^I agree. I'm very fortunate to go to these screenings, even if I have to drive on the 405 to get there. Yesterday, they showed a collection of clips from various sources, which included - - Rough House Rosie (1927) trailer - Fragments (including 2-strip Technicolor footage) from the lost film Red Hair (1928) - Fragments from the lost film Three Weekends (1928) - Her performance of the song "True to the Navy" from the film Paramount on Parade (1930) - A newsreel that showed Clara Bow and her husband Rex Bell at their ranch. The newsreel also showed Joe E Brown being inducted into the "Breakfast Club" in Beverly Hills. - Raw footage of them opening the "IT Club", a nightclub that Clara and her husband established. After the clips were shown, they presented the main feature, The Wild Party (1929), her first talkie. This is definitely precode material here. Clara plays a party girl who goes to a women's college but does absolutely nothing except mope around in her nightgown and underwear during the day with her girlfriends, go to parties to meet men at night (against college rules), and having forbidden dalliances with her male professor. Very fun film, which includes Jack Oakie in a small bit part as a drunk. And unlike many talkies from 1929, this wasn't quite as stilted and slow thanks to the direction of Dorothy Arzner. This is the best version of The Wild Party (1929) that I've ever seen. Nice print. Way better than any of the bootlegs floating around. Once again, I hope someday, that these films will make it officially to DVD or Blu-Ray. They shouldn't be relegated to repertory houses. The last day of the Clara Bow series will be on Sunday, February 10th. They will be showing Kick-In (1931) and Her Wedding Night (1930). They also will be showing a restored version of Mantrap (1926) as part of their Hollywood Preservation Festival on March 2nd.
Posted February 10 2013 - 06:16 PM
Tonight was the last night of the UCLA Clara Bow screenings. The first film is one of rarest of all the Clara Bow films since it only ran for one week in 1931 and was never shown outside of urban areas since it flopped so hard. Kick In (1931) is one of the darkest (visually and thematically) Clara Bow films ever made and her last with Paramount. Fans of film noir will appreciate it. It's never been shown on TV or released on home video partly because it was a flop and partially because it's screenplay had copyright issues that didn't go away until the mid 90's. Clara isn't even the star in the vehicle. She plays 2nd fiddle to Regis Toomey, who plays an ex-con who is released from prison and attempting to go straight. After 2 years of keeping himself clean, his old pal (James Murray) from his past gets shot robbing the house of the city's District Attorney and stealing the DA's wife's pricy necklace. Bow plays Toomey's loyal wife. While Bow and Toomey are out celebrating Toomey's promotion to a better position in the company, Murray is brought to Toomey's house by his girlfriend (Wynne Gibson) since they don't know anywhere else to go to hide from the cops who are looking for them. Bow does an excellent job in her part, as does Murray and the rest of the cast. The Kick In (1931) print shown was taken directly from the original camera negative that's currently being held by the Library of Congress. It's very sharp, with excellent black levels for a film this old. Since the negative was hardly ever touched since it was originally released, it was in great shape despite it's age. The 2nd feature, Her Wedding Night (1930), is a more typical Clara Bow faire. She plays a movie star who, by accident, is married to a famous composer. She initially wants a divorce right away, but is eventually convinced to stay married to him, but only after plenty of hilarious trials and errors along the way. Everybody in the theater was laughing at this one. Print wasn't as sharp as Kick In (1931), but was still very good and definitely worthy of a DVD/Blu-Ray release.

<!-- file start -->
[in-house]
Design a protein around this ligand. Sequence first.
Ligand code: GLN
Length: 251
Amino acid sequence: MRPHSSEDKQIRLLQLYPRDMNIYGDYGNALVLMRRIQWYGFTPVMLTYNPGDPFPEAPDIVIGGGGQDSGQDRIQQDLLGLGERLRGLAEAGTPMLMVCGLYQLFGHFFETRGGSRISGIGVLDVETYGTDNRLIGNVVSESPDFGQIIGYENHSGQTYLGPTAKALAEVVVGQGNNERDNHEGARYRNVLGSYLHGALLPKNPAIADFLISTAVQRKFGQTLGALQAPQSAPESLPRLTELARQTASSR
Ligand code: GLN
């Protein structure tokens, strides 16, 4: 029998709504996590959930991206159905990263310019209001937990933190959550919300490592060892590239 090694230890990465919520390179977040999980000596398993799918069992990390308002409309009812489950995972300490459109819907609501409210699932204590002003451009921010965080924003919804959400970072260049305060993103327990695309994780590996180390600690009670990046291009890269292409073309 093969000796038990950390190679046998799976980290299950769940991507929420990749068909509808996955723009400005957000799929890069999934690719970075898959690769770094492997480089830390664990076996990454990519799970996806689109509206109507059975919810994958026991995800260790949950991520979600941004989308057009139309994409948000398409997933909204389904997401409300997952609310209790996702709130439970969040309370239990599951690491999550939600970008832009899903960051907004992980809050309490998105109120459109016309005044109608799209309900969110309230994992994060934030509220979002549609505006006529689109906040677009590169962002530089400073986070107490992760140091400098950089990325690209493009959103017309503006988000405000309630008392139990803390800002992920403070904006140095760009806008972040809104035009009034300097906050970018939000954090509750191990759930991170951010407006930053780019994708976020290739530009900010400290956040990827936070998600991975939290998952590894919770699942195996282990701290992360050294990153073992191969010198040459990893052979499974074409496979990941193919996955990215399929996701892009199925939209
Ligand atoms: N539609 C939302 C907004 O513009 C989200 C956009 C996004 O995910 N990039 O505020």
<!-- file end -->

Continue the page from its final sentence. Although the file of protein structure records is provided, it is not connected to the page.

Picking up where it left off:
Posted February 12 2013 - 05:21 PM
About two years ago I bought around 13 of her films but have yet to watch any of them. I kept putting them off hoping that someone would step up and give them an official release but I'm about to just give in and watch what I've got. It seems Bow is very popular among silent film buffs so it's pretty weird to see that the majority of her films remain unreleased. Before buying these I tried to locate copies on VHS but didn't have any luck. I'm not certain why this is but I'm actually looking forward going through these films at some point in the near future.
0 user(s) are reading this topic
0 members, 0 guests, 0 anonymous users